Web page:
IMG_1055Prezza´s statement, written in 2007, could be written today, in 2014, as:

For children living in industrialized countries, the city is mostly a scene that they figure out from the corner of their eyes while playing with their parent´s mobile in the car, bus or restaurant

With a multitude of distractions and stimulus, children today find it far more difficult to engage with their urban environment. Without education and instruction, it is clearly more difficult to find appreciation of the rich and enlivening environment that surrounds us: shop windows; kiosks full of colorful magazines; fruit in the market; old and dirty facades; chimneys poking from roofs; flowers hanging from pub entrances; the doors; the balconies; the bricks; people jogging; people walking; people lying in the park…all go unseen.

The city is crowded and full of surprises. As parents and teachers, we have a duty to explain, underline and point out the beauty of our daily life. We need to teach our children that the urban landscape we occupy is unique and precious. We need to draw attention to the things that happen everyday and every second in front of their tiny noses.

Dolores Victoria Ruiz Garrido.”Little Architect” Director.Architectural Association.London

April 2014

What is Little Architect? Why we teach architecture in Primary Schools?

During first decade of the 21th century, the way we design our cities is changing. The participatory model, the community voice and a fluid dialogue between citizens and politicians is being demanded or, even better, accepted. With a certain, slow pace and a big dose of personal optimism I could assert that future urban processes will be developed within a much deeper implicated social base. Today, it is more necessary than ever that we are educated from a young age in architecture and sustainability.

30.06.15 St Clement Dane School, Drury Lane, London. Little Architects.Architecture is dynamic and comprises multiple social impacts in its development. Architecture is constantly interacting with us; it evolves and gets transformed. It is always there, out in the street and giving us shelter, communicating our past and expressing hopes for new futures. That future is what we – Little Architect´s educators – want to explore with the children, to equip them with tools to understand, enjoy and consciously interact with their built environment. To create a sustainable future we need to invest time and new educational processes in Primary Schools because, as Buckminster Fuller wrote, “children are enthusiastic planetarium audiences”[1]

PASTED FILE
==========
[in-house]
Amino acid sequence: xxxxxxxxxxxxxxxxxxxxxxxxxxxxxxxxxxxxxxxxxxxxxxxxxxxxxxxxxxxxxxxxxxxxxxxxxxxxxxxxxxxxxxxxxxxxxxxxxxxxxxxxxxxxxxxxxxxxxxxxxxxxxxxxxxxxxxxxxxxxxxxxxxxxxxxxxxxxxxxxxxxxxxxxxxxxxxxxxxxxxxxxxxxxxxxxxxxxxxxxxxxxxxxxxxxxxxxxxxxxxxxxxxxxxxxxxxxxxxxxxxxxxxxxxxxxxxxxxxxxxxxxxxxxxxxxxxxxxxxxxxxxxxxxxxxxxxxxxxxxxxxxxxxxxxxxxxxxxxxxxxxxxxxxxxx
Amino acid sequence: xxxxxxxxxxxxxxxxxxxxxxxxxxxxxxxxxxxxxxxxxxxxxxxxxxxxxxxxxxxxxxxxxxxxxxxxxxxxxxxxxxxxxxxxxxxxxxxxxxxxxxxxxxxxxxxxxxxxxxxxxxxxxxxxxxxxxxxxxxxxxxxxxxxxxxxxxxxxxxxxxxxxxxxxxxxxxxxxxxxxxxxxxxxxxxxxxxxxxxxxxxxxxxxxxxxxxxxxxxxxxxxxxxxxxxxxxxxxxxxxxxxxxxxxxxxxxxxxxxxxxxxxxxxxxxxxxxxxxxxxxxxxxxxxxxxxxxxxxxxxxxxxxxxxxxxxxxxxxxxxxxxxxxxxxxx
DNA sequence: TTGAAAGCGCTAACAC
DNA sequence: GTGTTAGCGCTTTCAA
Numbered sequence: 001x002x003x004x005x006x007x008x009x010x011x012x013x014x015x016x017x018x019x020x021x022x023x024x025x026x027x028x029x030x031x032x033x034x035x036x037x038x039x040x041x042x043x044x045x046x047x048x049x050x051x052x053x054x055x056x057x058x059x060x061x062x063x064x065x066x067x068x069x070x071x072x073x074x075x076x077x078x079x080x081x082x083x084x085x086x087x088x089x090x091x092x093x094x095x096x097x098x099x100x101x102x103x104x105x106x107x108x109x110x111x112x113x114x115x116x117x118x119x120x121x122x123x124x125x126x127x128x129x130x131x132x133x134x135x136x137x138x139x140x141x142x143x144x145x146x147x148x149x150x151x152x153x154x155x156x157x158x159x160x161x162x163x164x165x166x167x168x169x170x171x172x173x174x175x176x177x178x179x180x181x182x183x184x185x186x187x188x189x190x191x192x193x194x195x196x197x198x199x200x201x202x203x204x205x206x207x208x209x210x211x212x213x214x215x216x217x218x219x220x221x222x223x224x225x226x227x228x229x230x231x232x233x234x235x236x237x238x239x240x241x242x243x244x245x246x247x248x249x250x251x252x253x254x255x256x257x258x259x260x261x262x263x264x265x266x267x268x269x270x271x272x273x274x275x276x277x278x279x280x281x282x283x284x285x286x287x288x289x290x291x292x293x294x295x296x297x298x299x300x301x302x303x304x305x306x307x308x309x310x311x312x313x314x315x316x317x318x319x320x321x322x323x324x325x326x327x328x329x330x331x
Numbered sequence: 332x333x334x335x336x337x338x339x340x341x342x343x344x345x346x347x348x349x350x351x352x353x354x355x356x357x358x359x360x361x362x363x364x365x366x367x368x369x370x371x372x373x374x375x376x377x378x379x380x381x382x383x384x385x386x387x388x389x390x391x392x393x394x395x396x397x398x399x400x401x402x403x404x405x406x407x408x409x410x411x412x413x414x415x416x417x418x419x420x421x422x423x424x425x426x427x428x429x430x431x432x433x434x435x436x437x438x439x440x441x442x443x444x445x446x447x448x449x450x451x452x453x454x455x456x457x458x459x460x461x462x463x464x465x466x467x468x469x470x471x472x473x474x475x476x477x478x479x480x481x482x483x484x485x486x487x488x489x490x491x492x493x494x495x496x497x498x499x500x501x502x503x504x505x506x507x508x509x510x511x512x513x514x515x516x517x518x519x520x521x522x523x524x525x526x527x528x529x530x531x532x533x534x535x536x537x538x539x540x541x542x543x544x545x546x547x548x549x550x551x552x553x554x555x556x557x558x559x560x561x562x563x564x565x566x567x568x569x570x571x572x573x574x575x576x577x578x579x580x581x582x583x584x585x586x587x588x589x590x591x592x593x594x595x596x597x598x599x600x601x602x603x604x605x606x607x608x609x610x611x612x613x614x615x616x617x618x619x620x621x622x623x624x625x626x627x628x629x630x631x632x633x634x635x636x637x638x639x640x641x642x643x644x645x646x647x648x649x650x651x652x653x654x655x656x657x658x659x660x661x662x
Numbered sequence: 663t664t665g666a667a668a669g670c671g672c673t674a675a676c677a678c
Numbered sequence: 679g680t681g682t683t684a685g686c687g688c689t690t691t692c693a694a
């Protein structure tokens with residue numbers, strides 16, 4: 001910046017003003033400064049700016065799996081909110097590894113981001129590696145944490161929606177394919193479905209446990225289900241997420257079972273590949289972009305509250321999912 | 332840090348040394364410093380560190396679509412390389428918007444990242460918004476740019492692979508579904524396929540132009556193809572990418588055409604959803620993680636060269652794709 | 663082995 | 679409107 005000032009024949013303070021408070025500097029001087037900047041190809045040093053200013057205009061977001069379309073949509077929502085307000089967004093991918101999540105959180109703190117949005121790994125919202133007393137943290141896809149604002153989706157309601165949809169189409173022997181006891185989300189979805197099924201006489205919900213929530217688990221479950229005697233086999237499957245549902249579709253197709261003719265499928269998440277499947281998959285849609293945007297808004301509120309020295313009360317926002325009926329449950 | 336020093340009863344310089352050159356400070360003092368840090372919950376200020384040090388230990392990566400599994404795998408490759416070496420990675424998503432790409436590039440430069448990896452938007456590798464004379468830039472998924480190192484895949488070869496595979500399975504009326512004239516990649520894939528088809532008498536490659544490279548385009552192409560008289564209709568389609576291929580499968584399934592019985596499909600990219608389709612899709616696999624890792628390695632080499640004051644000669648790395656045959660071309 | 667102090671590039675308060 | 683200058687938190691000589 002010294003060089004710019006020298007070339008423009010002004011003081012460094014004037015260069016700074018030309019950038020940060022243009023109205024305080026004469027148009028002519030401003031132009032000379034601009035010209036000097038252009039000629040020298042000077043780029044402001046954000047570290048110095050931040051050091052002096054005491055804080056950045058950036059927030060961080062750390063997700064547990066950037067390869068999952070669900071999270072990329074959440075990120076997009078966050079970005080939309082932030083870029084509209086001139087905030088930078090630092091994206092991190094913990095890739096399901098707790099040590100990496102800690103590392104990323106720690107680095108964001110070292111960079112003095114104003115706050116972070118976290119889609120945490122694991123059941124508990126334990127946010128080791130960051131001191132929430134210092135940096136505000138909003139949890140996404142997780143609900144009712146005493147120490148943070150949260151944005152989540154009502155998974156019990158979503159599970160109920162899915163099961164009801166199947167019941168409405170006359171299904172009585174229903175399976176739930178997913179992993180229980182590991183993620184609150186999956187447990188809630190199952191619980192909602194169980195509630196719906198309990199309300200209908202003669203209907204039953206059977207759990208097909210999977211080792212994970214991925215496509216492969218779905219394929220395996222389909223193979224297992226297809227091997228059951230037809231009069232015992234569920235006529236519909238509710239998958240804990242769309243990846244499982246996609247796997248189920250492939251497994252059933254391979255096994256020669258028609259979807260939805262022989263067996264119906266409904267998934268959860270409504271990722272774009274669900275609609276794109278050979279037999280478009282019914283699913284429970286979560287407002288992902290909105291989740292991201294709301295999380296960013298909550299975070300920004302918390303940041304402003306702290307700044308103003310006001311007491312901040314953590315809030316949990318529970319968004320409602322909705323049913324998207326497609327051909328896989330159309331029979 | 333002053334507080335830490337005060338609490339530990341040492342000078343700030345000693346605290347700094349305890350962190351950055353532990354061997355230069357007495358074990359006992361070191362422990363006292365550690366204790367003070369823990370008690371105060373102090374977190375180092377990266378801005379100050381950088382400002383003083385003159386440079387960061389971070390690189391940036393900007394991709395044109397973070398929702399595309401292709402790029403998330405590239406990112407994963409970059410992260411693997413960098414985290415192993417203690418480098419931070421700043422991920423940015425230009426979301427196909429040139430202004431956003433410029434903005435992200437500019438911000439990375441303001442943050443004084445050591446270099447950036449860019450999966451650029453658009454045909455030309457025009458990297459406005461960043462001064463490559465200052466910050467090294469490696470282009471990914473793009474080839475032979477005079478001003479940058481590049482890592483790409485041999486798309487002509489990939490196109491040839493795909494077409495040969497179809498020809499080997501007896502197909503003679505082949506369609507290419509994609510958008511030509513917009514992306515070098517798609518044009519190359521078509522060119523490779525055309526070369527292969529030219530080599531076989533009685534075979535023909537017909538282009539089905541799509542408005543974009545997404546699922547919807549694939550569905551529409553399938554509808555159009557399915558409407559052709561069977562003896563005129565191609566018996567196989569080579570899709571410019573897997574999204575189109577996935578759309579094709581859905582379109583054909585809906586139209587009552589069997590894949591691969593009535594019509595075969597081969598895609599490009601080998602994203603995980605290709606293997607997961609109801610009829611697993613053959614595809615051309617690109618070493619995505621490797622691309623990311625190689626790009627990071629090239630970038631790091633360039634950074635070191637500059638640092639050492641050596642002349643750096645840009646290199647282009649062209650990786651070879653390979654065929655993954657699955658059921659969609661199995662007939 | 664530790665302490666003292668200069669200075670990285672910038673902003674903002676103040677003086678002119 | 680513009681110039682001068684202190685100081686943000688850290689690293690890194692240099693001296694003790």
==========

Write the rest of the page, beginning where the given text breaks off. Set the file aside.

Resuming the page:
Torriano School 3-2Little Architect is born as an education and research platform part of the Visiting School based at the Architectural Association School of Architecture in London. We teach Architecture and Sustainability in London Primary Schools to promote creativity, positive thinking[2] and a better understanding of our shared urban ecosystem. We research and develop architectural teaching resources especially designed for very young children in KS1 and lower KS2.

DSC01518We promote observation and drawing of the built environment to foster awareness for the daily landscapes and hidden treasures that cities offer. We use creativity as a tool to empower children to be more actively critical and propositional citizens.

We believe that architectural teaching in the national curriculum since the early ages is extremely necessary; it would expand children enormous and innate creative potential [3]. They will learn not to fear new shapes and colours, new materials, and least of all new inventions in technology and energy. It would make them more open to architecture evolution and also more critical and propositional about their living environment. In some years we could build a more questioning society and this, ultimately, I think is good. The most effective change should start from the root, and at the AA we have started already!

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One of our main goals is to teach children that cities are remarkable environments where we, as humans, should do our best to realize our own happiness and well-being without compromising either the Earth’s resources or the existence of other urban species.

We aim to teach life-long skills that will enable children to discover the amazing amount of beauty that surrounds them on a daily basis.

Dolores Victoria Ruiz Garrido. “Little Architect” Director. Architectural Association.

April.2014.London


 

[1] Operating Manual for Spaceship Earth. R. Buckminster Fuller. 1969

[2] Positive education: Positive Psychology and classroom interventions. Martin Seligman. Oxford Review of Education Vol. 35, No. 3, June 2009

[3] Why Creativity Now? A Conversation with Sir Ken Robinson. September 2009 | Volume 67 | Number 1 Teaching for the 21st Century Pages 22-26